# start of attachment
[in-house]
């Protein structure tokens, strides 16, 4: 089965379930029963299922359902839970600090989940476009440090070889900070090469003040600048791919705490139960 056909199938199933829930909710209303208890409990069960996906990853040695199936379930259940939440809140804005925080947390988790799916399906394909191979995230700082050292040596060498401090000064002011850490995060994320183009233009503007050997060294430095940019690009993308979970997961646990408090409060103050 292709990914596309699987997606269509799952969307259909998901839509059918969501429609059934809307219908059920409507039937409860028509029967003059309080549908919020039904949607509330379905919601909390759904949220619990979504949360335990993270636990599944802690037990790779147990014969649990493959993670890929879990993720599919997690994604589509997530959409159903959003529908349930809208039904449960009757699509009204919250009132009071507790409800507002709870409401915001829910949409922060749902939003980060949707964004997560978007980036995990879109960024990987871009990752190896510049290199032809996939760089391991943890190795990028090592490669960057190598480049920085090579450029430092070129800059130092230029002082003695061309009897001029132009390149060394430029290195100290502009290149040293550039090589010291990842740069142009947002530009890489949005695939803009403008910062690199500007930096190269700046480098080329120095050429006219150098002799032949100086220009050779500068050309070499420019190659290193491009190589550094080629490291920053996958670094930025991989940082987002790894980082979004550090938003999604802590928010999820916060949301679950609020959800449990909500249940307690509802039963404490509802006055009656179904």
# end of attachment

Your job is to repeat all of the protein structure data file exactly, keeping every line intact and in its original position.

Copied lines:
[in-house]
């Protein structure tokens, strides 16, 4: 089965379930029963299922359902839970600090989940476009440090070889900070090469003040600048791919705490139960 056909199938199933829930909710209303208890409990069960996906990853040695199936379930259940939440809140804005925080947390988790799916399906394909191979995230700082050292040596060498401090000064002011850490995060994320183009233009503007050997060294430095940019690009993308979970997961646990408090409060103050 292709990914596309699987997606269509799952969307259909998901839509059918969501429609059934809307219908059920409507039937409860028509029967003059309080549908919020039904949607509330379905919601909390759904949220619990979504949360335990993270636990599944802690037990790779147990014969649990493959993670890929879990993720599919997690994604589509997530959409159903959003529908349930809208039904449960009757699509009204919250009132009071507790409800507002709870409401915001829910949409922060749902939003980060949707964004997560978007980036995990879109960024990987871009990752190896510049290199032809996939760089391991943890190795990028090592490669960057190598480049920085090579450029430092070129800059130092230029002082003695061309009897001029132009390149060394430029290195100290502009290149040293550039090589010291990842740069142009947002530009890489949005695939803009403008910062690199500007930096190269700046480098080329120095050429006219150098002799032949100086220009050779500068050309070499420019190659290193491009190589550094080629490291920053996958670094930025991989940082987002790894980082979004550090938003999604802590928010999820916060949301679950609020959800449990909500249940307690509802039963404490509802006055009656179904």